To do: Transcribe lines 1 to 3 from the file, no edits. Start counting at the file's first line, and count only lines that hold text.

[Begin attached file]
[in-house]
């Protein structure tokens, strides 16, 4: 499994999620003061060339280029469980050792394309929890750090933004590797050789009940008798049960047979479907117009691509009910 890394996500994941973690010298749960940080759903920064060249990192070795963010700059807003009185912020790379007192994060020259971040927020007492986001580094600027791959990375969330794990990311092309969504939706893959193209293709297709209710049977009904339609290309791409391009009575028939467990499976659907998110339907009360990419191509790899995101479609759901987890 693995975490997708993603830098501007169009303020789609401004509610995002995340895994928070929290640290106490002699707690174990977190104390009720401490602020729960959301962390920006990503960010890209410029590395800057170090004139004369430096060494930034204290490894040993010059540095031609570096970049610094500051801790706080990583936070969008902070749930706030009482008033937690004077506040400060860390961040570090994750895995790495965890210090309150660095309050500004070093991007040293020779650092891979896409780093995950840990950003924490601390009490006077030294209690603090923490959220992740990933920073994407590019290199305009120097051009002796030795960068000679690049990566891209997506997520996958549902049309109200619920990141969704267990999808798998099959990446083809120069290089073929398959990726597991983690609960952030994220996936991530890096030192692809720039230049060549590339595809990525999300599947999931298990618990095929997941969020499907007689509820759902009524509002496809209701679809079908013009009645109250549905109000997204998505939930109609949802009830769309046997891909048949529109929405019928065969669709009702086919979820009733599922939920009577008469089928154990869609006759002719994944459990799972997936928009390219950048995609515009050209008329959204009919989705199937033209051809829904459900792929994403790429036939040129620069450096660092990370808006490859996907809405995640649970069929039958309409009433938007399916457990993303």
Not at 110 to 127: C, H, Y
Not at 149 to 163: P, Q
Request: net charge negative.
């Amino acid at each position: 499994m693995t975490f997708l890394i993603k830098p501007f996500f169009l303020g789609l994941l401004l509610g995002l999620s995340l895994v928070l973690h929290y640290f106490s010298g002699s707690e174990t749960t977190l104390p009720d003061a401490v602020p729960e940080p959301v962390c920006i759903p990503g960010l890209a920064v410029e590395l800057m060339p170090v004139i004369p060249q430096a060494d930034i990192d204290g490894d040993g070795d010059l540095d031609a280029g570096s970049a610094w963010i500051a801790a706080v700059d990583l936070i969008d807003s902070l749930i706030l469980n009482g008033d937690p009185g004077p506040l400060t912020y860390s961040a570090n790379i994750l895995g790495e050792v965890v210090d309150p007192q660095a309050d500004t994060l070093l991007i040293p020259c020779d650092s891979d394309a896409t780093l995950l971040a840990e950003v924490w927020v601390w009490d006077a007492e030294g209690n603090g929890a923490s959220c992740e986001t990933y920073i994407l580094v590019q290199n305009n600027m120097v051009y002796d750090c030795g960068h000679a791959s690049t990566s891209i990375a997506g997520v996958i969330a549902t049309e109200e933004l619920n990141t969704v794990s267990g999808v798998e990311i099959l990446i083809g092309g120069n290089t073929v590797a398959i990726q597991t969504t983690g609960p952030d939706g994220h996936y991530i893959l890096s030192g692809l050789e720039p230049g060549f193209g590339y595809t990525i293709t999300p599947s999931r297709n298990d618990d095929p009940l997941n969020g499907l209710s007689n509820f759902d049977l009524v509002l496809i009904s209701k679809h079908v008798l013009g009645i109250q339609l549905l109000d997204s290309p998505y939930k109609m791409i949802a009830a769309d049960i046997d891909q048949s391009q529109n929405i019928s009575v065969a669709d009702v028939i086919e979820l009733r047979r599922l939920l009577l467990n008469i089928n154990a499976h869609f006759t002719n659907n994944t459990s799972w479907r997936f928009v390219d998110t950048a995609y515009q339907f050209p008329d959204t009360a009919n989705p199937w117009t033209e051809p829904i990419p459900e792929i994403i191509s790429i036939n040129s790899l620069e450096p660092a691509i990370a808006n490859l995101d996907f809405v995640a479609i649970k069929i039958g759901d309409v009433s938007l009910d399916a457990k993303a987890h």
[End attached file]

[in-house]
């Protein structure tokens, strides 16, 4: 499994999620003061060339280029469980050792394309929890750090933004590797050789009940008798049960047979479907117009691509009910 890394996500994941973690010298749960940080759903920064060249990192070795963010700059807003009185912020790379007192994060020259971040927020007492986001580094600027791959990375969330794990990311092309969504939706893959193209293709297709209710049977009904339609290309791409391009009575028939467990499976659907998110339907009360990419191509790899995101479609759901987890 693995975490997708993603830098501007169009303020789609401004509610995002995340895994928070929290640290106490002699707690174990977190104390009720401490602020729960959301962390920006990503960010890209410029590395800057170090004139004369430096060494930034204290490894040993010059540095031609570096970049610094500051801790706080990583936070969008902070749930706030009482008033937690004077506040400060860390961040570090994750895995790495965890210090309150660095309050500004070093991007040293020779650092891979896409780093995950840990950003924490601390009490006077030294209690603090923490959220992740990933920073994407590019290199305009120097051009002796030795960068000679690049990566891209997506997520996958549902049309109200619920990141969704267990999808798998099959990446083809120069290089073929398959990726597991983690609960952030994220996936991530890096030192692809720039230049060549590339595809990525999300599947999931298990618990095929997941969020499907007689509820759902009524509002496809209701679809079908013009009645109250549905109000997204998505939930109609949802009830769309046997891909048949529109929405019928065969669709009702086919979820009733599922939920009577008469089928154990869609006759002719994944459990799972997936928009390219950048995609515009050209008329959204009919989705199937033209051809829904459900792929994403790429036939040129620069450096660092990370808006490859996907809405995640649970069929039958309409009433938007399916457990993303």
Not at 110 to 127: C, H, Y